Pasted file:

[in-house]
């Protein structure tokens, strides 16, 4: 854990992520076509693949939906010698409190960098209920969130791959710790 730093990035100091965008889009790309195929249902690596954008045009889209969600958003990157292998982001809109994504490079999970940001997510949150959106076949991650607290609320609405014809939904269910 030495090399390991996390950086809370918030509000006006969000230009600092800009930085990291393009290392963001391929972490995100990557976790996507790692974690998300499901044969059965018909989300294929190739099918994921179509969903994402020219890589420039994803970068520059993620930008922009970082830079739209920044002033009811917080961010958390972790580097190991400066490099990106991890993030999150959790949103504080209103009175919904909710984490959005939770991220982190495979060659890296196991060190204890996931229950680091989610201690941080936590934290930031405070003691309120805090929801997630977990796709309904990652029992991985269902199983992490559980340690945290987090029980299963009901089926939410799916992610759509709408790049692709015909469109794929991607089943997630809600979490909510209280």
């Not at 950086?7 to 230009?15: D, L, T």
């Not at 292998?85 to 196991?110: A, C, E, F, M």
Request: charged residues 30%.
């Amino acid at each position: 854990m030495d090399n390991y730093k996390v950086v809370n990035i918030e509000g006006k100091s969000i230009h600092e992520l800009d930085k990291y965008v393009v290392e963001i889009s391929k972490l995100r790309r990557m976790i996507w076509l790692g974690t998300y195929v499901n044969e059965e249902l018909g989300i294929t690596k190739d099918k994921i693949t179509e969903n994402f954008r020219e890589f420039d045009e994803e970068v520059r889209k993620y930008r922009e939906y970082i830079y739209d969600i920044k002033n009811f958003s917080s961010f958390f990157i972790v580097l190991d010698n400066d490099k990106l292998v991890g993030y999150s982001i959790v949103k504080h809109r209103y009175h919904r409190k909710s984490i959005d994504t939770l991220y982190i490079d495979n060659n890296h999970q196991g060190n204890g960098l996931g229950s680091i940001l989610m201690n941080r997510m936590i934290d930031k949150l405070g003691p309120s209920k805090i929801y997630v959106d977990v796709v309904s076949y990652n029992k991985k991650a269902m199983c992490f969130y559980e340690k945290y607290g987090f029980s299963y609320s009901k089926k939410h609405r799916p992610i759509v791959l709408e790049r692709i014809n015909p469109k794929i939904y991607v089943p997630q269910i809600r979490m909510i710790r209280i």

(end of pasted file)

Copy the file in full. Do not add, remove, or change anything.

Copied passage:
[in-house]
């Protein structure tokens, strides 16, 4: 854990992520076509693949939906010698409190960098209920969130791959710790 730093990035100091965008889009790309195929249902690596954008045009889209969600958003990157292998982001809109994504490079999970940001997510949150959106076949991650607290609320609405014809939904269910 030495090399390991996390950086809370918030509000006006969000230009600092800009930085990291393009290392963001391929972490995100990557976790996507790692974690998300499901044969059965018909989300294929190739099918994921179509969903994402020219890589420039994803970068520059993620930008922009970082830079739209920044002033009811917080961010958390972790580097190991400066490099990106991890993030999150959790949103504080209103009175919904909710984490959005939770991220982190495979060659890296196991060190204890996931229950680091989610201690941080936590934290930031405070003691309120805090929801997630977990796709309904990652029992991985269902199983992490559980340690945290987090029980299963009901089926939410799916992610759509709408790049692709015909469109794929991607089943997630809600979490909510209280």
């Not at 950086?7 to 230009?15: D, L, T």
């Not at 292998?85 to 196991?110: A, C, E, F, M």
Request: charged residues 30%.
């Amino acid at each position: 854990m030495d090399n390991y730093k996390v950086v809370n990035i918030e509000g006006k100091s969000i230009h600092e992520l800009d930085k990291y965008v393009v290392e963001i889009s391929k972490l995100r790309r990557m976790i996507w076509l790692g974690t998300y195929v499901n044969e059965e249902l018909g989300i294929t690596k190739d099918k994921i693949t179509e969903n994402f954008r020219e890589f420039d045009e994803e970068v520059r889209k993620y930008r922009e939906y970082i830079y739209d969600i920044k002033n009811f958003s917080s961010f958390f990157i972790v580097l190991d010698n400066d490099k990106l292998v991890g993030y999150s982001i959790v949103k504080h809109r209103y009175h919904r409190k909710s984490i959005d994504t939770l991220y982190i490079d495979n060659n890296h999970q196991g060190n204890g960098l996931g229950s680091i940001l989610m201690n941080r997510m936590i934290d930031k949150l405070g003691p309120s209920k805090i929801y997630v959106d977990v796709v309904s076949y990652n029992k991985k991650a269902m199983c992490f969130y559980e340690k945290y607290g987090f029980s299963y609320s009901k089926k939410h609405r799916p992610i759509v791959l709408e790049r692709i014809n015909p469109k794929i939904y991607v089943p997630q269910i809600r979490m909510i710790r209280i």